Of the proteinases that degrade cartilage collagens and proteoglycans in joint disease, matrix metalloproteinases (MMPs) and aggrecanases have been given the greatest attention because they degrade native collagens and proteoglycans [32-34]. These include the collagenases (MMP-1, MMP-8, and MMP-13), the gelatinases (MMP-2 and MMP-9), stromelysin-1 (MMP-3), and membrane type I (MT1) MMP (MMP-14) [35]. MMP-10, similar to MMP-3, activates pro-collagenases, is detectable in OA and RA synovial fluids and joint tissues, and is produced in vitro by both the synovium and chondrocytes in response to inflammatory cytokines [36]. MMP-14, produced principally by RA synovial tissue, is important for synovial invasiveness [37], whereas the MMP-14 produced by OA chondrocytes activates pro-MMP-13, which in turn cleaves pro-MMP-9 [38]. Other MMPs, including MMP-16 and MMP-28 [32,39], and many members of the reprolysin-related proteinases of the ADAM (a disintegrin and metalloproteinase) family, including ADAM-17/TACE (tumor necrosis factor-alpha [TNF-α]-converting enzyme), are expressed in cartilage, but their specific roles in cartilage damage in either OA or RA have yet to be defined [40-42]. Although several of the MMPs, including MMP-3, MMP-8, and MMP-14, are capable of degrading proteoglycans, ADAMTS (ADAM with thrombospondin-1 domains)-4 and ADAMTS-5 are now regarded as the principal aggrecan-degrading enzymes in cartilage [43,44]. Aggrecanase inhibitors that target ADAMTS-5 have been developed and are awaiting opportunities for clinical trials in OA [45].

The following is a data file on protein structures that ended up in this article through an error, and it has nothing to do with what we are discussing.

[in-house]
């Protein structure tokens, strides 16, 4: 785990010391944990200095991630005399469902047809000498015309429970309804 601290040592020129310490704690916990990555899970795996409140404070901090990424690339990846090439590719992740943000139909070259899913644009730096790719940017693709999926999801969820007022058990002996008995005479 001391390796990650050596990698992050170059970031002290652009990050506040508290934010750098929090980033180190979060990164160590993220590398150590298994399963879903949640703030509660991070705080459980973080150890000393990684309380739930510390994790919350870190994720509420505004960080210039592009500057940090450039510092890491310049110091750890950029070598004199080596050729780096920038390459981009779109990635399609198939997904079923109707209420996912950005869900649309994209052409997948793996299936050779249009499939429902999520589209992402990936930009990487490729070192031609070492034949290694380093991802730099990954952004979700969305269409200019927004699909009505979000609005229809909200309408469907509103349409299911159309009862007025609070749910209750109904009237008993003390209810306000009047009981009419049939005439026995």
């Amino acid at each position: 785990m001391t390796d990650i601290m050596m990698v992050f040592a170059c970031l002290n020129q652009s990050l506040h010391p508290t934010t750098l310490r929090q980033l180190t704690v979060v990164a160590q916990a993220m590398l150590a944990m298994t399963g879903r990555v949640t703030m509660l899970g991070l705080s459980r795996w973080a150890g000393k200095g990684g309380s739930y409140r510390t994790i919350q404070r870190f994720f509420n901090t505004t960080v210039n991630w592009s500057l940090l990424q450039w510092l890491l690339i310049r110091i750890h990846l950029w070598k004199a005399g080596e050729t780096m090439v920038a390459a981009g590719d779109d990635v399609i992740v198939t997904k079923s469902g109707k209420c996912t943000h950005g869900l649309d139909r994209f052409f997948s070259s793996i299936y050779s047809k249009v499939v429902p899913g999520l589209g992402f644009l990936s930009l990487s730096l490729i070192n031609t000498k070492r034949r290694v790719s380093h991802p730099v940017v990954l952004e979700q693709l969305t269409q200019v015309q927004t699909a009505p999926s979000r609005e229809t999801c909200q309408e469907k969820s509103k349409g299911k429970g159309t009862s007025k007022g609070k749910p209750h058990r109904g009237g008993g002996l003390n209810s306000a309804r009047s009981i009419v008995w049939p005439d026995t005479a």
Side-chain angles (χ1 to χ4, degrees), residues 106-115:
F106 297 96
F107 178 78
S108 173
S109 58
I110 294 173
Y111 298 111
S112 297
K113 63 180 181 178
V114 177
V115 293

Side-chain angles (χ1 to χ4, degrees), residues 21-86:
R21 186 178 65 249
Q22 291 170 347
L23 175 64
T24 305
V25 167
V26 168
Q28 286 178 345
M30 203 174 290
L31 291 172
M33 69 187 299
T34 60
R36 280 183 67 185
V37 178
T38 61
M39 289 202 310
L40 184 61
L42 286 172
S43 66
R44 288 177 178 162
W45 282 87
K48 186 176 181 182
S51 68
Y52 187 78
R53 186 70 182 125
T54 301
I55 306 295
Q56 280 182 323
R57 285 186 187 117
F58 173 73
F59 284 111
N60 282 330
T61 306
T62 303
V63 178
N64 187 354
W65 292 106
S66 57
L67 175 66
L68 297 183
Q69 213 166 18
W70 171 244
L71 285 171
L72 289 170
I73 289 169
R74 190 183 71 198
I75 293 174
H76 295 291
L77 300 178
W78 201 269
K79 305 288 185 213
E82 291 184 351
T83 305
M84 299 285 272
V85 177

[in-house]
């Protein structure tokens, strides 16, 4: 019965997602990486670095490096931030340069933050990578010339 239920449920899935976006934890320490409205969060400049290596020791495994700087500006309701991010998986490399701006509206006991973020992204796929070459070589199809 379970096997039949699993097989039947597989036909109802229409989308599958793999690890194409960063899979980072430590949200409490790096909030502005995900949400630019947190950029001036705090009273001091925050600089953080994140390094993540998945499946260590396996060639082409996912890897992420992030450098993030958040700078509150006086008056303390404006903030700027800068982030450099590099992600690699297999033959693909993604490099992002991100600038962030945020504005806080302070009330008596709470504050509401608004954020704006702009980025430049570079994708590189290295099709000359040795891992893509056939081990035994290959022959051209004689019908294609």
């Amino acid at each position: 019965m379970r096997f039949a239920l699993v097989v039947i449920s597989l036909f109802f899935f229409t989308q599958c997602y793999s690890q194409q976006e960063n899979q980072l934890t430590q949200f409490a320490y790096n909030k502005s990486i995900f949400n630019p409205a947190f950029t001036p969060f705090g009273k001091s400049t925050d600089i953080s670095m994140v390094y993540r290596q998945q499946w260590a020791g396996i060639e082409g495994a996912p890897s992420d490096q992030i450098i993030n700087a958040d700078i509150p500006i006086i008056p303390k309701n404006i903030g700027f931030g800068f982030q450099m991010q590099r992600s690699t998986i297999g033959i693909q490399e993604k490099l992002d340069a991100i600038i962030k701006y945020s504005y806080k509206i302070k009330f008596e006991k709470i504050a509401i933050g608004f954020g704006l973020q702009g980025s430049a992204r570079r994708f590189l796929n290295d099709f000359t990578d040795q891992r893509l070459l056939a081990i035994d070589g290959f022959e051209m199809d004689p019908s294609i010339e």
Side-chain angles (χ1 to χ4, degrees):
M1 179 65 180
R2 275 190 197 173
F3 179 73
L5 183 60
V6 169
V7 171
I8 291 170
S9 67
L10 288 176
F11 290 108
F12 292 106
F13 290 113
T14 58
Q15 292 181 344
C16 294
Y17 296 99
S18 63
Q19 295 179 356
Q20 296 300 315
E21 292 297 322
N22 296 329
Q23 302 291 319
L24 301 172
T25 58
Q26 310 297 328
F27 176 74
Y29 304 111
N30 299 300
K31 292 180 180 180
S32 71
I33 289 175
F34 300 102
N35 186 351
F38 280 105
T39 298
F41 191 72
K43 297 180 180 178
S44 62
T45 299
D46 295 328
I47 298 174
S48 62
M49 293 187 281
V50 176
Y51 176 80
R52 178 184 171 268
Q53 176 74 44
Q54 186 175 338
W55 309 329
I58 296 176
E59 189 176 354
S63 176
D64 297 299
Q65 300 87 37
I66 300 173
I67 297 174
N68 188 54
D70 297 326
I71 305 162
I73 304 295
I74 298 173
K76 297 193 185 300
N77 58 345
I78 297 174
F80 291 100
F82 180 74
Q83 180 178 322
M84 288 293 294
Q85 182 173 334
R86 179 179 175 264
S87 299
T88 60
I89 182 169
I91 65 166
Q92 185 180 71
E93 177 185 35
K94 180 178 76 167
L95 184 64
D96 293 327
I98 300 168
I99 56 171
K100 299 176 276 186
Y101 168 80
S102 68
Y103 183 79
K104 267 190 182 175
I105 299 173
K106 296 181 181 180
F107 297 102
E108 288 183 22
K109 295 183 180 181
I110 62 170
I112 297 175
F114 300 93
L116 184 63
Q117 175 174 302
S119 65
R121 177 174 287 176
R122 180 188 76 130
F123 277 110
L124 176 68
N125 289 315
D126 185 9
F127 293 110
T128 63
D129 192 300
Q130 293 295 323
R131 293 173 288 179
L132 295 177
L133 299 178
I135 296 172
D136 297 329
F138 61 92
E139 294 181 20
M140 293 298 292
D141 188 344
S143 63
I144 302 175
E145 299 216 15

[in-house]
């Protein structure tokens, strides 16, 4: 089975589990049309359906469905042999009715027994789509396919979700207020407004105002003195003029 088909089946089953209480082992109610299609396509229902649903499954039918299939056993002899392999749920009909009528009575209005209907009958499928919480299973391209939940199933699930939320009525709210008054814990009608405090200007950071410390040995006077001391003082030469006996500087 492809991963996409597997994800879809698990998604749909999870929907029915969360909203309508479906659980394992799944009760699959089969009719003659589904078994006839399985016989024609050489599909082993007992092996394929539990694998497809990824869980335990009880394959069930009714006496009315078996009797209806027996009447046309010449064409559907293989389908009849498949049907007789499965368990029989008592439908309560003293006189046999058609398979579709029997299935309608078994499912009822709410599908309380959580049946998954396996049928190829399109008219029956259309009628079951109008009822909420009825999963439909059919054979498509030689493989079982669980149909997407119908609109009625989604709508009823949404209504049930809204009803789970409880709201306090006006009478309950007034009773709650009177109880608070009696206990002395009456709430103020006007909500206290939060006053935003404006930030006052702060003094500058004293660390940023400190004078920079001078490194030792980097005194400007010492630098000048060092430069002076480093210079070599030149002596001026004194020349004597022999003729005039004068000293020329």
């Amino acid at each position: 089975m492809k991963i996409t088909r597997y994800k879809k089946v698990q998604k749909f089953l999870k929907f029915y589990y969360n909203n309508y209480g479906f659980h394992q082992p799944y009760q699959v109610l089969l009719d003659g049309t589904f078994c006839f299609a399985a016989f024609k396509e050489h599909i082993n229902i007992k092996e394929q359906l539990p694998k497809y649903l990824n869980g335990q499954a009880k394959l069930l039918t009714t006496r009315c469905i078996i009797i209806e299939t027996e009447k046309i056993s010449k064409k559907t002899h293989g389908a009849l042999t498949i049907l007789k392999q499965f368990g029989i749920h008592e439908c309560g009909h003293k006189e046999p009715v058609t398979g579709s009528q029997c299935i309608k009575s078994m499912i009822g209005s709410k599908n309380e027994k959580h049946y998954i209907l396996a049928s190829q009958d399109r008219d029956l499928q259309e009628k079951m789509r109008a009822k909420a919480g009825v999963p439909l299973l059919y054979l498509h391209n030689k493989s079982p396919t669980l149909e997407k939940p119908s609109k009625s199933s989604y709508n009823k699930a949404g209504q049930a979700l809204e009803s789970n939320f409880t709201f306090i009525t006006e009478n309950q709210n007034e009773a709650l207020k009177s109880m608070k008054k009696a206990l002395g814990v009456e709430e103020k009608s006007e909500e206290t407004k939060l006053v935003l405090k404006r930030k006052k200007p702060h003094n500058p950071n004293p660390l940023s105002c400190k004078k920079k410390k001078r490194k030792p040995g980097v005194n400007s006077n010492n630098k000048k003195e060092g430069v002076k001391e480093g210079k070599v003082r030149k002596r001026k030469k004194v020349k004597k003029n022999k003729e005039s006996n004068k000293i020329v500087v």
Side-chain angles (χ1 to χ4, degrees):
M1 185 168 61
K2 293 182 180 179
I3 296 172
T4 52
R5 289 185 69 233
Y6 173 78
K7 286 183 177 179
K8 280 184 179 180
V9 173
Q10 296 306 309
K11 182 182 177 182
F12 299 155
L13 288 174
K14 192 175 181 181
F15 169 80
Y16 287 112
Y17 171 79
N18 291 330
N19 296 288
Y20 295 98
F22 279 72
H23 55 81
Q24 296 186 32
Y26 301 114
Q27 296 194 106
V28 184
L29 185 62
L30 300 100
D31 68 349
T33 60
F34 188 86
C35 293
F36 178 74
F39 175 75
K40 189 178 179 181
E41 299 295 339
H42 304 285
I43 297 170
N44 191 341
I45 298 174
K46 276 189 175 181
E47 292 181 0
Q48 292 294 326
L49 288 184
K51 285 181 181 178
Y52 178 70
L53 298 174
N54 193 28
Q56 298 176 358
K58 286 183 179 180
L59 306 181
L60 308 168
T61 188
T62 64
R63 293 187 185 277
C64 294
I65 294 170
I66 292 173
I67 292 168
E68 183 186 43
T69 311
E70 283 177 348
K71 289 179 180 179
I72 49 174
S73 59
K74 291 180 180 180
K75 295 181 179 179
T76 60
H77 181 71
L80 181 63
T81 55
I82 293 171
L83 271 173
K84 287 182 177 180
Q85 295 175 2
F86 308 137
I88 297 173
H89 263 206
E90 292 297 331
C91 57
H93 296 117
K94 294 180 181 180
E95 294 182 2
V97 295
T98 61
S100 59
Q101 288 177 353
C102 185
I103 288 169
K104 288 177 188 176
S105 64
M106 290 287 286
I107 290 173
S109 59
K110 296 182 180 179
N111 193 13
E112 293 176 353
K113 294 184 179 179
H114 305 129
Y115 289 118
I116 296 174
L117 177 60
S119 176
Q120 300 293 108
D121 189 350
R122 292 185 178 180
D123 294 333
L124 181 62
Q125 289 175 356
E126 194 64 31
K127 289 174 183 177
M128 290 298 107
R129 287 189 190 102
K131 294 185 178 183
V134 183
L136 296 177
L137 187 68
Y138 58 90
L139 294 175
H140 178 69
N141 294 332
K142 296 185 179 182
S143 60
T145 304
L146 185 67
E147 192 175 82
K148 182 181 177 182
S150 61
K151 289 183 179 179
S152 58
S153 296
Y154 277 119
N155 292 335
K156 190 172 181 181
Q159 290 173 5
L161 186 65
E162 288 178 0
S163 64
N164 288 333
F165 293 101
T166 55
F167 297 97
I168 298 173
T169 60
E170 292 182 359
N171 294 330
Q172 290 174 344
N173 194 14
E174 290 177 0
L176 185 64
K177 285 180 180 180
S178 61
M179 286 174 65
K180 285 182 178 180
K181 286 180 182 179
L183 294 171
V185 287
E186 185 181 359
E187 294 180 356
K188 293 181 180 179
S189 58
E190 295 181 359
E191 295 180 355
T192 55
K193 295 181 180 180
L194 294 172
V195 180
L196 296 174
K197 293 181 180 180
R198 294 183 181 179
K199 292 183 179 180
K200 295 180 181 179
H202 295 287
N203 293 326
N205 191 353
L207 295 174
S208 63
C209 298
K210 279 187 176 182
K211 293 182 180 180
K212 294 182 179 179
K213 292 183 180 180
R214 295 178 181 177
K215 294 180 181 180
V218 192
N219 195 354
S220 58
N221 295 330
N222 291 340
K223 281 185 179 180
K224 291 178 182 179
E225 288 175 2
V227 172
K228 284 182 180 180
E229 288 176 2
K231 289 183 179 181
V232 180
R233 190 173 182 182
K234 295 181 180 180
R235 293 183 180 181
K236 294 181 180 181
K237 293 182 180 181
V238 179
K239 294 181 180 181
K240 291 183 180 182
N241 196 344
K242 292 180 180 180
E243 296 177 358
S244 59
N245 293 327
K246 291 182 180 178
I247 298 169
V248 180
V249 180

OA and RA differ with respect to the sites as well as the origins of disrupted matrix homeostasis. In OA, proteoglycan loss and type II collagen cleavage initially occur at the cartilage surface, with evidence of pericellular damage in deeper zones as the lesion progresses [46]. In RA, intrinsic chondrocyte-derived chondrolytic activity is present at the cartilage-pannus junction, as well as in deeper zones of cartilage matrix [47], although elevated levels of MMPs in RA synovial fluids likely originate from the synovium. There are also differences in matrix synthetic responses in OA and RA. Whereas type II collagen synthesis is reduced in early RA [48], there is evidence of compensatory increases in type II collagen synthesis in deeper regions of OA cartilage [14].